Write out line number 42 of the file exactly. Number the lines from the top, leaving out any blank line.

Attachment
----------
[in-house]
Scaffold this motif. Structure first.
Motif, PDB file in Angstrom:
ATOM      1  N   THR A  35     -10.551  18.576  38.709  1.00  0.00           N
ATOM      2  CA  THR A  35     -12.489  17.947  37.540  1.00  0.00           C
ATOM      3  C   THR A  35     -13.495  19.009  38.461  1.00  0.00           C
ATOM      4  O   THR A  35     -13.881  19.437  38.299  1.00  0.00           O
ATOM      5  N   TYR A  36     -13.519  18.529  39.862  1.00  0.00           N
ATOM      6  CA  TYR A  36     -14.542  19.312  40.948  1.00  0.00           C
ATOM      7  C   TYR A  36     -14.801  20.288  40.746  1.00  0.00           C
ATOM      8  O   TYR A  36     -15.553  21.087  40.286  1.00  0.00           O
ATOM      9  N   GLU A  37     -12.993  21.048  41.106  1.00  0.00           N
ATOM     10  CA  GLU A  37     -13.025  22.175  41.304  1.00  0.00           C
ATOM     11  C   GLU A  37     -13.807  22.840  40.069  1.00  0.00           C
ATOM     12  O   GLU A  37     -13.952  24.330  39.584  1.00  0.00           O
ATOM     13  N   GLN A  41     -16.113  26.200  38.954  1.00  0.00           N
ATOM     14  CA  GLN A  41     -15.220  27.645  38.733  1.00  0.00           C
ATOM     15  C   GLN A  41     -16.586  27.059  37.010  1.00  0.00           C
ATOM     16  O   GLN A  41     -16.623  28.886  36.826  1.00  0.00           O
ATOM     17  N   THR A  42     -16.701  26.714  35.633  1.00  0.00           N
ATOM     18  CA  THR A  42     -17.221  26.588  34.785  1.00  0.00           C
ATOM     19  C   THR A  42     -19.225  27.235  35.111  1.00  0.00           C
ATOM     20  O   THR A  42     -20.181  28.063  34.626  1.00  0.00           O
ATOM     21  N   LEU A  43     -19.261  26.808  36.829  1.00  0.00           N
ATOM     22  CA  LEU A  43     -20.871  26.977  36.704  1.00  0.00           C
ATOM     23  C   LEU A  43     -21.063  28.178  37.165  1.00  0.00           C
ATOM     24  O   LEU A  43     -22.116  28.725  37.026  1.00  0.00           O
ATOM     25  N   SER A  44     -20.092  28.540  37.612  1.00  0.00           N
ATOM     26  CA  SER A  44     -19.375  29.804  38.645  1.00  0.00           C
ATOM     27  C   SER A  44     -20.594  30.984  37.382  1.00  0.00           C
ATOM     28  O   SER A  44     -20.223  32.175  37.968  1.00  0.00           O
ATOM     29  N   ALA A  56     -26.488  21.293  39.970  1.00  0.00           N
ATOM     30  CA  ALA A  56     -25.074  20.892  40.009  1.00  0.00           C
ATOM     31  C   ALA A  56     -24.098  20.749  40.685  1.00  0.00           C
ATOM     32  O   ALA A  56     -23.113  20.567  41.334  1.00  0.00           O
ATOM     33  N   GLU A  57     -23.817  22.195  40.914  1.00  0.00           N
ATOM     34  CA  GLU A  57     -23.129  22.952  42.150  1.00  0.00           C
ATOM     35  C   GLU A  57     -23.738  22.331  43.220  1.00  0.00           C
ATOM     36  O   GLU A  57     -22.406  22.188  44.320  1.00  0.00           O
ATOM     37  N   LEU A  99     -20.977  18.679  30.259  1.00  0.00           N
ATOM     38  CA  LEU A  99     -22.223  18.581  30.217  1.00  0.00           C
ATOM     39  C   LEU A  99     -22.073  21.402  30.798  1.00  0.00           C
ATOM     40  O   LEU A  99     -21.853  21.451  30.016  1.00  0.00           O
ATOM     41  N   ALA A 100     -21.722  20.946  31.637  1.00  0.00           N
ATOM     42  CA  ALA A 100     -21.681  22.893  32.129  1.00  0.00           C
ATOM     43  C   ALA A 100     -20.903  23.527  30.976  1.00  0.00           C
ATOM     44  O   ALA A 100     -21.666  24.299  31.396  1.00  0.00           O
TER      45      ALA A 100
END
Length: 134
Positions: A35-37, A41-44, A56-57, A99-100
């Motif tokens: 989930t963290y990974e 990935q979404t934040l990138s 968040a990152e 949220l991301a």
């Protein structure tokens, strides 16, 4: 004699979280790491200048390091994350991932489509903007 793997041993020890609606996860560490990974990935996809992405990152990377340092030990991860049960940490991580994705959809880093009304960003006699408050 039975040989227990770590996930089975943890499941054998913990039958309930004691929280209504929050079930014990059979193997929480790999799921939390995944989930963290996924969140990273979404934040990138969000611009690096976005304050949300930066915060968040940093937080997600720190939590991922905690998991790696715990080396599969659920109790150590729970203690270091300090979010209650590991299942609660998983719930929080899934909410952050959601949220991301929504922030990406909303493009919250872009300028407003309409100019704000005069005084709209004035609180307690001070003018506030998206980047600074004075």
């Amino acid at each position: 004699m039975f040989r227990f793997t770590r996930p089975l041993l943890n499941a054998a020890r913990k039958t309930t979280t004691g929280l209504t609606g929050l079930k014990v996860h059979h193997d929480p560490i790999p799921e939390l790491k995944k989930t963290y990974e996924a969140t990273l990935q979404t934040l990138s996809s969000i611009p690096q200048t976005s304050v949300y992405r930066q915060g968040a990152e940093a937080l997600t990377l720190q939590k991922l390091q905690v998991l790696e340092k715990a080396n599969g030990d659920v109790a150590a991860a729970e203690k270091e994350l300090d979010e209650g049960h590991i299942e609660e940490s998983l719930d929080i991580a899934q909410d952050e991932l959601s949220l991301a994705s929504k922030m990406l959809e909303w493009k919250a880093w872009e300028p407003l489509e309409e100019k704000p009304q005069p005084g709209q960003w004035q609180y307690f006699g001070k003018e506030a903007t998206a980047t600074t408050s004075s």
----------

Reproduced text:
ATOM     39  C   LEU A  99     -22.073  21.402  30.798  1.00  0.00           C